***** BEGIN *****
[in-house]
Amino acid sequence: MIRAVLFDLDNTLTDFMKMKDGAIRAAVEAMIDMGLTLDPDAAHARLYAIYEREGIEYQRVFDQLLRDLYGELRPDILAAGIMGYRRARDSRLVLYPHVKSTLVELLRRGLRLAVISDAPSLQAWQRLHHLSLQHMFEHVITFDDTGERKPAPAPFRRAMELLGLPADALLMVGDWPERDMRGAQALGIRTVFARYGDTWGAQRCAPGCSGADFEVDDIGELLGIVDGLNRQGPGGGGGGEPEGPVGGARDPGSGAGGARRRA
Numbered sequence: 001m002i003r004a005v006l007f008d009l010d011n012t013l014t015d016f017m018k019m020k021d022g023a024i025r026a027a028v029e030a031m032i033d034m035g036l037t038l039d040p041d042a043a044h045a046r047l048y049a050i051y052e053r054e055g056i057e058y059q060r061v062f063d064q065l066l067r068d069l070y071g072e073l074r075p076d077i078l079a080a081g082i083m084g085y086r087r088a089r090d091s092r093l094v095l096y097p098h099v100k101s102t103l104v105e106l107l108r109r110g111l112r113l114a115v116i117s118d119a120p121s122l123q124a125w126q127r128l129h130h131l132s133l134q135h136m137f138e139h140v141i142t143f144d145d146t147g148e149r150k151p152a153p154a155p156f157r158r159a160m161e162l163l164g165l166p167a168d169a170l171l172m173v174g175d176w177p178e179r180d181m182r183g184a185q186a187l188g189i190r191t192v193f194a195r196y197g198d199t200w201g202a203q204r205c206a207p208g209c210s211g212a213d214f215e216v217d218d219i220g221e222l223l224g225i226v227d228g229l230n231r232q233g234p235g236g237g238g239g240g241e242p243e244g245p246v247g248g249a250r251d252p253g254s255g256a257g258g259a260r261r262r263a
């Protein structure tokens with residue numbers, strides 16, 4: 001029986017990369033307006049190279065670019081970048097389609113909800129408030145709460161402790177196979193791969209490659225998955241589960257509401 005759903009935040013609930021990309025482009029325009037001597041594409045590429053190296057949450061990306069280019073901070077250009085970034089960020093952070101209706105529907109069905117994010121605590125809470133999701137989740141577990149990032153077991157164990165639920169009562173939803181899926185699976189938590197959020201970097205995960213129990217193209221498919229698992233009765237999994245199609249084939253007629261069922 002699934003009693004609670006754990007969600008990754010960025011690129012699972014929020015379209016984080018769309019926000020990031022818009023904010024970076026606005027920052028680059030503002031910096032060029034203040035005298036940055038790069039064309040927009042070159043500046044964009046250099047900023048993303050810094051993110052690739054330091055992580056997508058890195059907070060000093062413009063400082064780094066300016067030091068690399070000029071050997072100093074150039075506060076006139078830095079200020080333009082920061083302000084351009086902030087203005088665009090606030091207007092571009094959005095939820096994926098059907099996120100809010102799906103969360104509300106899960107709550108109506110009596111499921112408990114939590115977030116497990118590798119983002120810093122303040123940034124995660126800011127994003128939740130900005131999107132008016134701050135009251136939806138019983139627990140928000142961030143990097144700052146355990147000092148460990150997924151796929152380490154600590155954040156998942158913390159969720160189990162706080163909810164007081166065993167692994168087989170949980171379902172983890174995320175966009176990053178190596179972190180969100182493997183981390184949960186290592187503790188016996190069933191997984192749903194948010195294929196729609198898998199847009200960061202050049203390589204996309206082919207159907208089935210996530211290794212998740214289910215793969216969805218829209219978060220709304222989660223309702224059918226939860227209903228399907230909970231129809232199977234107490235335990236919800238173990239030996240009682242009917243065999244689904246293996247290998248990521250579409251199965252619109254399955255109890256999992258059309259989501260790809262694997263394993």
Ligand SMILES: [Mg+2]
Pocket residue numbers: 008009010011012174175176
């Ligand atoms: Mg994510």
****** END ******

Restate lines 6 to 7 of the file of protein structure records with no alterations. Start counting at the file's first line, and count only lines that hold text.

Pocket residue numbers: 008009010011012174175176
């Ligand atoms: Mg994510």